After the loss, the advanced statistics website Fangraphs projected the Yankees to have a 1.8% chance of making the playoffs. The Yankees might soon feel as if they have gotten to the point where it’s more advantageous to begin giving prospects who could help in 2024 a taste of the major leagues this season. Of course, they could wait until Sept. 1, when rosters expand to 28 players — one extra pitcher, one extra position player. But the “why wait?” argument holds merit, too.

Here are four moves the Yankees could make if they wanted to start playing the kids immediately.

Call up Pereira, cut Greg Allen

The Athletic’s Keith Law ranked Pereira as the Yankees’ No. 2 overall prospect and MLB’s No. 51 prospect in his most recent top-60 update. The 22-year-old has serious pop.

“He hits the ball really hard,” said catcher Ben Rortvedt, who played with Pereira at Triple A and in spring training. “Sometimes, it looks like he’s not on time, and then he’ll just foul balls off that you didn’t think he’d have a chance to. And the ball comes extremely hard off his bat.”

Pereira could be an option to play left field for the Yankees next season. He hit .308 with six homers and a .877 OPS in 32 games with Scranton entering Friday, though he was also in the midst of a 10-game slump (.200 BA).

Meanwhile, Allen didn’t play Friday and he hasn’t started a game since July 30 — his only start since returning from the injured list on July 23.

Law ranked Peraza as the Yankees’ No. 3 prospect going into this season, and many believed he was the front-runner to start at shortstop before Anthony Volpe won the job in spring training. He had just 64 plate appearances in the majors this season, hitting .173, but at Triple A, he hit .259 with 13 homers and a .810 OPS in 60 games. The Yankees could work Peraza into a rotation of second base and third base with the occasional spot at shortstop when Volpe needs an off day. Meanwhile, McKinney, who went 1-for-3 on Friday, entered the night on a .180 (7-for-39) skid and — much like Allen — doesn’t project to be part of next year’s Opening Day roster.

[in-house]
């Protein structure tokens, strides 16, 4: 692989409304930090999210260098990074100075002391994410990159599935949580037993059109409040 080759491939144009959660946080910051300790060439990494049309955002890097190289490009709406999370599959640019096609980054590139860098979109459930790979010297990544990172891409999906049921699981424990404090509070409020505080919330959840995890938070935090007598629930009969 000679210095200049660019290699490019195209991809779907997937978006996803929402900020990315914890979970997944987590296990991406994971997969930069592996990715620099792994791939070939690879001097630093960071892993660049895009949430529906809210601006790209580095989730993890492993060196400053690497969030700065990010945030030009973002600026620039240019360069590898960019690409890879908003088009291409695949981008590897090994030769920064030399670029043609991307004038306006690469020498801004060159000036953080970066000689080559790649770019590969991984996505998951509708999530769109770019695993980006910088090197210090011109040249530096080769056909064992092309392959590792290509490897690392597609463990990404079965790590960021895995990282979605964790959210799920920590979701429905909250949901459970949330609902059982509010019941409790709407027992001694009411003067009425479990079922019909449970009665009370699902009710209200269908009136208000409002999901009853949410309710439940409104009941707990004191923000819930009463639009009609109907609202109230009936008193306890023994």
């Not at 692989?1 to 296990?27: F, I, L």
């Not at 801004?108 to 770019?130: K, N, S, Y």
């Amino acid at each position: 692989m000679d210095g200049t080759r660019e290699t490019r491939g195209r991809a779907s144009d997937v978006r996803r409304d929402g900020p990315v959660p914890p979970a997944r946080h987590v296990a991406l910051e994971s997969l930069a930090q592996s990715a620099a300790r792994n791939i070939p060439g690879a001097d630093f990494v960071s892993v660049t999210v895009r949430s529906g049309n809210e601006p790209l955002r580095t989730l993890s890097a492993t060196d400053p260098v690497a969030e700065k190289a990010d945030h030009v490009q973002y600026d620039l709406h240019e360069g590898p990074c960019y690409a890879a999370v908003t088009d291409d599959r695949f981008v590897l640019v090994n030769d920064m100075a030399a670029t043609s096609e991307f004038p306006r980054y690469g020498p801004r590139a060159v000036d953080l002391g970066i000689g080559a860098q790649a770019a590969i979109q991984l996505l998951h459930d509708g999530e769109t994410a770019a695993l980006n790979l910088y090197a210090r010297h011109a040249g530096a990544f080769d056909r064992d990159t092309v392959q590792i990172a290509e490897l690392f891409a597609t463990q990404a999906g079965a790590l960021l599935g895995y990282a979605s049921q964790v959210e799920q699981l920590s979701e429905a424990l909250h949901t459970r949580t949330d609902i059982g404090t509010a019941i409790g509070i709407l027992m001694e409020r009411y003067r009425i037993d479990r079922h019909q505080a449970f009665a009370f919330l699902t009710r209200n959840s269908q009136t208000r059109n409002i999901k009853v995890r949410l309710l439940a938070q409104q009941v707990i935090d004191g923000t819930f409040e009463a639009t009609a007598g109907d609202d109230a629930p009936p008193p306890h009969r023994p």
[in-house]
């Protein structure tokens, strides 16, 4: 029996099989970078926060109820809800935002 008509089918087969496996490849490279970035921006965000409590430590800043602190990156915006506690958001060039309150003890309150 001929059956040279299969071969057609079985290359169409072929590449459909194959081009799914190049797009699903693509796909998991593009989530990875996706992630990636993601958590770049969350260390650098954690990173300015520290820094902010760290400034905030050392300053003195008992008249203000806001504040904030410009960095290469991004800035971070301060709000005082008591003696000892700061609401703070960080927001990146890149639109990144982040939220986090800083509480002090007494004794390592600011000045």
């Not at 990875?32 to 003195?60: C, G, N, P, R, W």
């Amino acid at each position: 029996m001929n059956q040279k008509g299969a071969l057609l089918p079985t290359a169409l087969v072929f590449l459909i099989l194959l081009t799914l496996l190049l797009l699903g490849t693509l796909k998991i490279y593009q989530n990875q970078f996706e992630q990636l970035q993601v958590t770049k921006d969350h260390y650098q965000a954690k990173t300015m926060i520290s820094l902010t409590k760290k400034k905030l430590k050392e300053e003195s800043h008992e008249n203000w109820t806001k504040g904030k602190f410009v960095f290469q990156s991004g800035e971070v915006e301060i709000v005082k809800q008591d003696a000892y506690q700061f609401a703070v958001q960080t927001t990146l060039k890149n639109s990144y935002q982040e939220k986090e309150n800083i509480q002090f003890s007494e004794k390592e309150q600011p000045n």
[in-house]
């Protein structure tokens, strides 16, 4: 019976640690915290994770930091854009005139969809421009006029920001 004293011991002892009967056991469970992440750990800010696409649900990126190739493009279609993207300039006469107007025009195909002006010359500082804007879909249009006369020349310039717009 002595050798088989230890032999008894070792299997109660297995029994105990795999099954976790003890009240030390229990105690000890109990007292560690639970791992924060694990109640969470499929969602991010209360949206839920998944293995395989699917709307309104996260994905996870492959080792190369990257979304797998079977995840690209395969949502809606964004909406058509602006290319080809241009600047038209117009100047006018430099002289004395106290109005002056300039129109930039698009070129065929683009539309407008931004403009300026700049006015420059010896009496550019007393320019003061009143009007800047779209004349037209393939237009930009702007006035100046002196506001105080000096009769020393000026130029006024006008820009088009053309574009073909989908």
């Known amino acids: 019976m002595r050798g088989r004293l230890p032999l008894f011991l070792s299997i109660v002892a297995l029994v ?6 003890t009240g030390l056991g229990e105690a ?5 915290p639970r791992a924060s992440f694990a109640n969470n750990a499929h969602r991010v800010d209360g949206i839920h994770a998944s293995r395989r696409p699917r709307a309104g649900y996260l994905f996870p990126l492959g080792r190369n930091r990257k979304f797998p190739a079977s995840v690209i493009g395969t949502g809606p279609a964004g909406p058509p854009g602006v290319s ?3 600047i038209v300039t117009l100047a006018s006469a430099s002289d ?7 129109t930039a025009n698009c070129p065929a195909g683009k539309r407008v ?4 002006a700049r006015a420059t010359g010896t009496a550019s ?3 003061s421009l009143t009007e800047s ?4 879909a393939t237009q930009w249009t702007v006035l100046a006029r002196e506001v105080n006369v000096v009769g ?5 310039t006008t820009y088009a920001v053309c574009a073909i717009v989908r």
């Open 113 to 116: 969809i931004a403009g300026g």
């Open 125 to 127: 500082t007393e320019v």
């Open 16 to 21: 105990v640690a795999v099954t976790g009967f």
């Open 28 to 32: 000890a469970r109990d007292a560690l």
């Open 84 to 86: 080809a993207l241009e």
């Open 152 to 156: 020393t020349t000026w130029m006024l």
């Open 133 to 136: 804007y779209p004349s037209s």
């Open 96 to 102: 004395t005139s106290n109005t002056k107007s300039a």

Beeter, 24, was Law’s 16th-best prospect in the Yankees’ system at the start of the season. He hasn’t been good since getting promoted to Triple A (6.31 ERA, 8 games, 7 starts), but this is about playing the kids, right, and he’s arguably their pitching prospect most ready to jump to the bigs? The Yankees will have to put Beeter on the 40-man roster to protect him from the Rule 5 Draft in the offseason. The Yankees could give him Severino’s spot in the rotation, and give him Brito’s spot on the active roster while designating righty Matt Bowman for assignment. Bowman hasn’t appeared in the majors this season or in the majors since 2019.

Call up Wells, cut a reliever

It might be a stretch to call up Wells right now, considering the value the Yankees place on catcher defense and how he had caught the Triple-A staff for just 15 games going into Friday. But like Beeter, Wells also must be added to the 40-man in the offseason, and the pop in the former first-round pick’s lefty bat seems tailor-made for Yankee Stadium. He hit a .729 OPS in his first 22 games at Triple A. Law ranked him as the team’s No. 8 prospect. The Yankees have various back-of-the-roster relief candidates who could be in the hot seat in this scenario.

(Top photo of Yankees starting pitcher Jhony Brito, who allowed six earned runs in 2 1/3 innings against the Red Sox: Jim McIsaac / Getty Images)